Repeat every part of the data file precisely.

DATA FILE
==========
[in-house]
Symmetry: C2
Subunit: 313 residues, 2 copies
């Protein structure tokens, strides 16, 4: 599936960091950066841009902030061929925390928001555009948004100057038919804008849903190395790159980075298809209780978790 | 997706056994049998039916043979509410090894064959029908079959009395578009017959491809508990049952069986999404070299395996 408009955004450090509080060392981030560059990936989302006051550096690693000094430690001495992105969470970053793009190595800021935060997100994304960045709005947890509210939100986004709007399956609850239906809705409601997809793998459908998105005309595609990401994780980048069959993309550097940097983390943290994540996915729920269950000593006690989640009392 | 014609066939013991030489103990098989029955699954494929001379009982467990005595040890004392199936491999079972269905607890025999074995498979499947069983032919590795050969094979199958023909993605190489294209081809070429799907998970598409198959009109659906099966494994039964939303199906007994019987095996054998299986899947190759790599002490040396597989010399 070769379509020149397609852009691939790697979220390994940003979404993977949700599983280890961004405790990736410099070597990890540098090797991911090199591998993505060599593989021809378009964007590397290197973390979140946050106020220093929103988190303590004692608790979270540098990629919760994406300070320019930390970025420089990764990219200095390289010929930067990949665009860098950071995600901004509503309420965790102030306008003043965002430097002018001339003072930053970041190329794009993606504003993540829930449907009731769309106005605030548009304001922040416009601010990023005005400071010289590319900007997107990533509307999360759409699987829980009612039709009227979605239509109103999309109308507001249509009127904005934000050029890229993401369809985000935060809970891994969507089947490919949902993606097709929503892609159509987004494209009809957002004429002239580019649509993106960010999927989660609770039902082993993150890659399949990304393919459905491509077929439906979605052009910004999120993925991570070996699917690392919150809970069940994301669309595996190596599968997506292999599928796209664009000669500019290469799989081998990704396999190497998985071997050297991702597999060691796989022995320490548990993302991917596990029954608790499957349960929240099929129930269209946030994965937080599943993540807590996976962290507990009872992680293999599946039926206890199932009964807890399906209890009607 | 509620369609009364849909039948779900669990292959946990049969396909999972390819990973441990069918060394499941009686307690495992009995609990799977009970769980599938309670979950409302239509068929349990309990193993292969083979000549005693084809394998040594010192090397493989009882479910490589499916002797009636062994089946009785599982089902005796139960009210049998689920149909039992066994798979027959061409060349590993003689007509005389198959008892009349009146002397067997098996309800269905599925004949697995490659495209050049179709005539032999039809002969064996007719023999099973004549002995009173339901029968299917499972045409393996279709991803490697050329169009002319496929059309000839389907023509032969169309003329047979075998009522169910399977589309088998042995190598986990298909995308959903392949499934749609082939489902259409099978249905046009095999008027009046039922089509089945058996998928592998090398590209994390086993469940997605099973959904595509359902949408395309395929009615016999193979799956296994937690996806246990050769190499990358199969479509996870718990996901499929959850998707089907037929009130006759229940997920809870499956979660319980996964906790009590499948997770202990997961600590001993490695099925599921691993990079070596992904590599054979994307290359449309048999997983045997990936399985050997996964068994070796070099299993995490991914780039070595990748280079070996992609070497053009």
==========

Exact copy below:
[in-house]
Symmetry: C2
Subunit: 313 residues, 2 copies
């Protein structure tokens, strides 16, 4: 599936960091950066841009902030061929925390928001555009948004100057038919804008849903190395790159980075298809209780978790 | 997706056994049998039916043979509410090894064959029908079959009395578009017959491809508990049952069986999404070299395996 408009955004450090509080060392981030560059990936989302006051550096690693000094430690001495992105969470970053793009190595800021935060997100994304960045709005947890509210939100986004709007399956609850239906809705409601997809793998459908998105005309595609990401994780980048069959993309550097940097983390943290994540996915729920269950000593006690989640009392 | 014609066939013991030489103990098989029955699954494929001379009982467990005595040890004392199936491999079972269905607890025999074995498979499947069983032919590795050969094979199958023909993605190489294209081809070429799907998970598409198959009109659906099966494994039964939303199906007994019987095996054998299986899947190759790599002490040396597989010399 070769379509020149397609852009691939790697979220390994940003979404993977949700599983280890961004405790990736410099070597990890540098090797991911090199591998993505060599593989021809378009964007590397290197973390979140946050106020220093929103988190303590004692608790979270540098990629919760994406300070320019930390970025420089990764990219200095390289010929930067990949665009860098950071995600901004509503309420965790102030306008003043965002430097002018001339003072930053970041190329794009993606504003993540829930449907009731769309106005605030548009304001922040416009601010990023005005400071010289590319900007997107990533509307999360759409699987829980009612039709009227979605239509109103999309109308507001249509009127904005934000050029890229993401369809985000935060809970891994969507089947490919949902993606097709929503892609159509987004494209009809957002004429002239580019649509993106960010999927989660609770039902082993993150890659399949990304393919459905491509077929439906979605052009910004999120993925991570070996699917690392919150809970069940994301669309595996190596599968997506292999599928796209664009000669500019290469799989081998990704396999190497998985071997050297991702597999060691796989022995320490548990993302991917596990029954608790499957349960929240099929129930269209946030994965937080599943993540807590996976962290507990009872992680293999599946039926206890199932009964807890399906209890009607 | 509620369609009364849909039948779900669990292959946990049969396909999972390819990973441990069918060394499941009686307690495992009995609990799977009970769980599938309670979950409302239509068929349990309990193993292969083979000549005693084809394998040594010192090397493989009882479910490589499916002797009636062994089946009785599982089902005796139960009210049998689920149909039992066994798979027959061409060349590993003689007509005389198959008892009349009146002397067997098996309800269905599925004949697995490659495209050049179709005539032999039809002969064996007719023999099973004549002995009173339901029968299917499972045409393996279709991803490697050329169009002319496929059309000839389907023509032969169309003329047979075998009522169910399977589309088998042995190598986990298909995308959903392949499934749609082939489902259409099978249905046009095999008027009046039922089509089945058996998928592998090398590209994390086993469940997605099973959904595509359902949408395309395929009615016999193979799956296994937690996806246990050769190499990358199969479509996870718990996901499929959850998707089907037929009130006759229940997920809870499956979660319980996964906790009590499948997770202990997961600590001993490695099925599921691993990079070596992904590599054979994307290359449309048999997983045997990936399985050997996964068994070796070099299993995490991914780039070595990748280079070996992609070497053009």